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August 2010

Volume 25 Number 08

Smart Client - Building Distributed Apps with NHibernate and Rhino Service Bus, Part 2

By Oren Eini | August 2010

In the July 2010 issue of MSDN Magazine, I started walking through the process of building a smart client application for a lending library. I called the project Alexandria, and decided to use NHibernate for data access and Rhino Service Bus for reliable communication with the server.

NHibernate ( is an object-relational mapping (O/RM) framework, and Rhino Service Bus ( is an open source service bus implementation built on the Microsoft .NET Framework. I happen to be deeply involved in developing both of these frameworks, so it seemed like an opportunity to implement a project with technologies I know intimately, while at the same time provide a working example for developers who want to learn about NHibernate and Rhino Service Bus.

In the previous article, I covered the basic building blocks of the smart client application. I designed the back end, along with the communication mode between the smart client application and the back end. I also touched on batching and caching, how to manage transactions and the NHibernate session, how to consume and reply to messages from the client, and how everything comes together in the bootstrapper.

In this installment, I will cover best practices for sending data between the back end and the smart client application, as well as patterns for distributed change management. Along the way, I’ll cover the remaining implementation details, and will present a completed client for the Alexandria application.

You can download the sample solution from­alexandria. The solution comprises three parts: Alexandria.Backend hosts the back-end code; Alexandria.Client contains the front-end code; Alexandria.Messages contains the message definitions shared between them.

No One Model Rules

One of the most common questions people ask when writing distributed applications is: How can I send my entities to the client application and then apply the change set on the server side?

If that’s your question, you’re probably thinking in a mode where the server side is mostly a data repository. If you build such applications, there are technology choices you can make that simplify this task (for example, employing WCF RIA Services and WCF Data Services). Using the type of architecture I’ve outlined so far, however, it doesn’t really make sense to talk about sending entities on the wire. Indeed, the Alexandria application uses three distinct models for the same data, each model best suited for different parts of the application.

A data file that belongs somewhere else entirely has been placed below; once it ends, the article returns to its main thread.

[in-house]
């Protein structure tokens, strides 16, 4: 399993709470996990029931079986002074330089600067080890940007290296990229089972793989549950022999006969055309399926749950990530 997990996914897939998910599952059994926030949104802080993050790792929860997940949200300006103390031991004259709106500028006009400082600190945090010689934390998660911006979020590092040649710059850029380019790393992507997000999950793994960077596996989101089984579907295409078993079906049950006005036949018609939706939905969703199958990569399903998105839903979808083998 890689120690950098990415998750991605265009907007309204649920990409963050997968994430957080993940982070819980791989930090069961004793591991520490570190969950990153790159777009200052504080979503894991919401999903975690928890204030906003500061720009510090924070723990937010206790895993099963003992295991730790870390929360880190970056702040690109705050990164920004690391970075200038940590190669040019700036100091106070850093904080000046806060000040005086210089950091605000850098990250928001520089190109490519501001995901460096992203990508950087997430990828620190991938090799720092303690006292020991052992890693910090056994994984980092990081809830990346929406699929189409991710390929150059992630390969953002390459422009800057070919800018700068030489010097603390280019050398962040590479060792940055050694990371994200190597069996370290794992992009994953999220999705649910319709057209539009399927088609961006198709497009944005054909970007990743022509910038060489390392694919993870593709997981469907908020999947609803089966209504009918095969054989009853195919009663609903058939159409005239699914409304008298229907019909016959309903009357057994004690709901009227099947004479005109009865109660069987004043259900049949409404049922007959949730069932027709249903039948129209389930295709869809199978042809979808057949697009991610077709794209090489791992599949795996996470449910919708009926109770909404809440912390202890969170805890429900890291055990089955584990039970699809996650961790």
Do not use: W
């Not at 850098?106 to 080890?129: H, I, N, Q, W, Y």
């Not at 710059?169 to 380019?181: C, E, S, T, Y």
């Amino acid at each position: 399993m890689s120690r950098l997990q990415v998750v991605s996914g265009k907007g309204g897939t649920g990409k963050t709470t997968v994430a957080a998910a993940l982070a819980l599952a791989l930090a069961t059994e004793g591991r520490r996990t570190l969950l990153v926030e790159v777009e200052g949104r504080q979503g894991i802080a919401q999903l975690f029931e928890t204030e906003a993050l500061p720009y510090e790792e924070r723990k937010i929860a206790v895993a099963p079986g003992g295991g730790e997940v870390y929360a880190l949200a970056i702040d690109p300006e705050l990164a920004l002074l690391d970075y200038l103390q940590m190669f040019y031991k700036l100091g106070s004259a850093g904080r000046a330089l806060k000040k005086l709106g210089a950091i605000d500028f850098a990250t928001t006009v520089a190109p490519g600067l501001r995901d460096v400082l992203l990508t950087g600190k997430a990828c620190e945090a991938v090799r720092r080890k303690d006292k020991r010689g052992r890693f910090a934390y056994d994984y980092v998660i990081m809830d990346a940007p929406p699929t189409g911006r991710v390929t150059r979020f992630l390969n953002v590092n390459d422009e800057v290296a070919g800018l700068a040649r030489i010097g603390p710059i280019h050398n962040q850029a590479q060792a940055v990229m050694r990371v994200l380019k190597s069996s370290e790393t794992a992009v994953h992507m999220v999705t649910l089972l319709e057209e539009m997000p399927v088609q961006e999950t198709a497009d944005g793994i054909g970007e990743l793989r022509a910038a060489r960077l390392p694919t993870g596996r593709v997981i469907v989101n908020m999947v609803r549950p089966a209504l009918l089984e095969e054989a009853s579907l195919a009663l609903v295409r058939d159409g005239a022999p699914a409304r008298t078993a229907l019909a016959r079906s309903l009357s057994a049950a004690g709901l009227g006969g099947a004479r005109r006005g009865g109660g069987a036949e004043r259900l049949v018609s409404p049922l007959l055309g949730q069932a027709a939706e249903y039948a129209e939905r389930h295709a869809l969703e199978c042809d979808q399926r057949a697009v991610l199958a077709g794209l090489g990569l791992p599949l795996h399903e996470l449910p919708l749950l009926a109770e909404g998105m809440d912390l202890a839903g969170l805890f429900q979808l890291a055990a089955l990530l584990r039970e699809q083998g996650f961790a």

The domain model on the back end, which is used for querying and transactional processing, is suitable for use with NHibernate (and further refinement would be to split the querying and transactional processing responsibilities). The message model represents messages on the wire, including some concepts that map closely to domain entities (BookDTO in the sample project is a data clone of Book). In the client application, the View Model (like the BookModel class) is optimized to be bound to the XAML and to handle user interactions.

While at first glance you can see many commonalities among the three models (Book, BookDTO, BookModel), the fact that they have different responsibilities means that trying to cram all of them into a single model would create a cumbersome, heavyweight, one-size-doesn’t-fit-anyone model. By splitting the model along the lines of responsibilities, I made the work much easier because I can refine each model independently to fit its own purposes.

From a conceptual point of view, there are other reasons to want to create a separate model for each usage. An object is a combination of data and behavior, but when you try to send an object over the wire, the only thing you can send is the data. That leads to some interesting questions. Where do you place business logic that should run on the back-end server? If you put it in the entities, what happens if you execute this logic on the client?

The end result of this sort of architecture is that you aren’t using real objects. Instead, you’re using data objects—objects that are simply holding the data—and the business logic resides elsewhere, as procedures that run over the object data. This is frowned upon, because it leads to scattering of logic and code that’s harder to maintain over time. No matter how you look at it, unless the back-end system is a simple data repository, you want to have different models in different parts of the application. That, of course, leads to a very interesting question: how are you going to handle changes?

Commands over Change Sets

Among the operations I allow users in the Alexandria application are adding books to their queue, reordering books in the queue, and removing them entirely from the queue, as shown in Figure 1. Those operations need to be reflected in both the front end and the back end.

image: Possible Operations on the User’s Books Queue

Figure 1 Possible Operations on the User’s Books Queue

I could try to implement this by serializing the entities over the wire and sending the modified entity back to the server for persistence. Indeed, NHibernate contains explicit support for just such scenarios, using the session.Merge method.

However, let’s assume the following business rule: When a user adds a book to her queue from the recommendations list, that book is removed from the recommendations and another recommendation is added.

Imagine trying to detect that a book was moved from the recommendations list to the queue using just the previous and current state (the change set between the two states). While it can be done, to say that it would be awkward to handle is an understatement.